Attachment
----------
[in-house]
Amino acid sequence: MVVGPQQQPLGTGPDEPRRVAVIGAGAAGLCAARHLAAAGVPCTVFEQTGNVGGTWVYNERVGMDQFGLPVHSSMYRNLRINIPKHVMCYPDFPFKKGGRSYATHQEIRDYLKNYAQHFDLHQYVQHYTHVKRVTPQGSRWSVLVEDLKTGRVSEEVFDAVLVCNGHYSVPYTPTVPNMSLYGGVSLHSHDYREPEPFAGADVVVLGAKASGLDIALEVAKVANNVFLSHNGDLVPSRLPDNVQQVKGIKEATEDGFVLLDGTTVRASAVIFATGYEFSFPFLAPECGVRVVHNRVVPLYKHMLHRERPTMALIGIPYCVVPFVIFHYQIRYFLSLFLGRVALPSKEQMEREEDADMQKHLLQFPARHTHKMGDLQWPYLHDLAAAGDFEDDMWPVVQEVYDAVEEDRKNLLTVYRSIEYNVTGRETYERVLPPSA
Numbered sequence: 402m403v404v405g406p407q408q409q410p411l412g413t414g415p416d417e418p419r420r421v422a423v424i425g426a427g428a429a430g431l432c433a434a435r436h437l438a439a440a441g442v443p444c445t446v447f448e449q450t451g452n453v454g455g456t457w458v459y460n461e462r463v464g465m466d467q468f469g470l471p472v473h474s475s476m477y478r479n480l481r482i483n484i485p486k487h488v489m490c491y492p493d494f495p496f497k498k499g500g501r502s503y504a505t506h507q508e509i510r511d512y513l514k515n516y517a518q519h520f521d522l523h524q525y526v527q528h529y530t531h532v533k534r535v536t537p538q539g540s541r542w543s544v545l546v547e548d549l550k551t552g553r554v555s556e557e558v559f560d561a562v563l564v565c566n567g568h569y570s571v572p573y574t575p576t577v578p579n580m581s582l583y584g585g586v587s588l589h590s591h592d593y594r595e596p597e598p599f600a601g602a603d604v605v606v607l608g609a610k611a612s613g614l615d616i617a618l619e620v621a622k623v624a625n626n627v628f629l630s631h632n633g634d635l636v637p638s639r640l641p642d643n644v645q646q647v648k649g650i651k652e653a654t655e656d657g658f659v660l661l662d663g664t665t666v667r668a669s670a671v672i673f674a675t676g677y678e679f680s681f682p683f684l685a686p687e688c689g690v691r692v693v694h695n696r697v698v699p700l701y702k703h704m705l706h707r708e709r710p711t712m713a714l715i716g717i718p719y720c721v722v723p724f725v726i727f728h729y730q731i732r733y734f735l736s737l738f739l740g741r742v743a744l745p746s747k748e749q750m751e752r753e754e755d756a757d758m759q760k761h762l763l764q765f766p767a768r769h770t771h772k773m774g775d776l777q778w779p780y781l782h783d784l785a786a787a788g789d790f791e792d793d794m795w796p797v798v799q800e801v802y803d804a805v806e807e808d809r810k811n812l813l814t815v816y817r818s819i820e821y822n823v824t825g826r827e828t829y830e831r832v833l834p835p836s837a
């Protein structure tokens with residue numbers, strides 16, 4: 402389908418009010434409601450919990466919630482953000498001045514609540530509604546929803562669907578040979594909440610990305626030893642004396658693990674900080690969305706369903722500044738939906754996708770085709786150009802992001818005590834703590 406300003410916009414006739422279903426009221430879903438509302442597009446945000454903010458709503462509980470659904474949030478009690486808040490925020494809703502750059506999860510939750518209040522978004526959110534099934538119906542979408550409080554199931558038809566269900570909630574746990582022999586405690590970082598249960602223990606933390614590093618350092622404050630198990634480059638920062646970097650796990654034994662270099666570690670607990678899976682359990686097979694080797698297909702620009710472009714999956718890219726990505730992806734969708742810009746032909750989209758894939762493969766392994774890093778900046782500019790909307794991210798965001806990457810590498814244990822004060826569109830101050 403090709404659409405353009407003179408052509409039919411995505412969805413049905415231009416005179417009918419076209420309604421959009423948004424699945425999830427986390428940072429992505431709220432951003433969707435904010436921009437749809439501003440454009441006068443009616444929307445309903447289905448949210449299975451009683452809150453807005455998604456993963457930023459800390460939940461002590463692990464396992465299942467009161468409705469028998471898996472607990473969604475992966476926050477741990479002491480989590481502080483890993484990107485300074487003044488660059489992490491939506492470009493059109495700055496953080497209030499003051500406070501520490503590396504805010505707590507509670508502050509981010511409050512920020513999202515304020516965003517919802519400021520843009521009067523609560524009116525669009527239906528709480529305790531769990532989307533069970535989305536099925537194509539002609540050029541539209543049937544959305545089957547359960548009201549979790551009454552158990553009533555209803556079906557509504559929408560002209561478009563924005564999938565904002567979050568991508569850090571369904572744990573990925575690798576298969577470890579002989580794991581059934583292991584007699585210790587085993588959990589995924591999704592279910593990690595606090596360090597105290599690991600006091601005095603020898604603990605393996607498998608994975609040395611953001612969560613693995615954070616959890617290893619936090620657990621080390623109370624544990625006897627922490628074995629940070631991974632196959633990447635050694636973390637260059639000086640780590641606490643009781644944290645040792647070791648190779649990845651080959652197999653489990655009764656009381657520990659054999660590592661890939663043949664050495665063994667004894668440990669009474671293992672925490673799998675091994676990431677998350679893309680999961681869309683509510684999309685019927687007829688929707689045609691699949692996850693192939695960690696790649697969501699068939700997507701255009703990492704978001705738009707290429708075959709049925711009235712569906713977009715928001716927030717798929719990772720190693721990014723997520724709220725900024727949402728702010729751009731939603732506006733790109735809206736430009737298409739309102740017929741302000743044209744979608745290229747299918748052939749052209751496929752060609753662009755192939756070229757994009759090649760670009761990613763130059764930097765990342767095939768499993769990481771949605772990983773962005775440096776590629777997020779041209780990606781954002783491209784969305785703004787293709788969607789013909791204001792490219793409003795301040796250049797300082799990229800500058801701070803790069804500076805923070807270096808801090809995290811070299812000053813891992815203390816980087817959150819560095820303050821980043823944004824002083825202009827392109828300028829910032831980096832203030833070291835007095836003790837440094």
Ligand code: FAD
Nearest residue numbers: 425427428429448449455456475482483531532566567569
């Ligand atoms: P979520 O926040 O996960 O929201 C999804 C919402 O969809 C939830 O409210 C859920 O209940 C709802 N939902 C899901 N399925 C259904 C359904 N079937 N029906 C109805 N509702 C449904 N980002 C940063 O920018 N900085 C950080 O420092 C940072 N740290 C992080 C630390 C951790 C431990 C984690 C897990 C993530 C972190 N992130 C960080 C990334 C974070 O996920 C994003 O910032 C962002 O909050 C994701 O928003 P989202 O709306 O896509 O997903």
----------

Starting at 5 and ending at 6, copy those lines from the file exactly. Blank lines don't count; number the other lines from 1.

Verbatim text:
Ligand code: FAD
Nearest residue numbers: 425427428429448449455456475482483531532566567569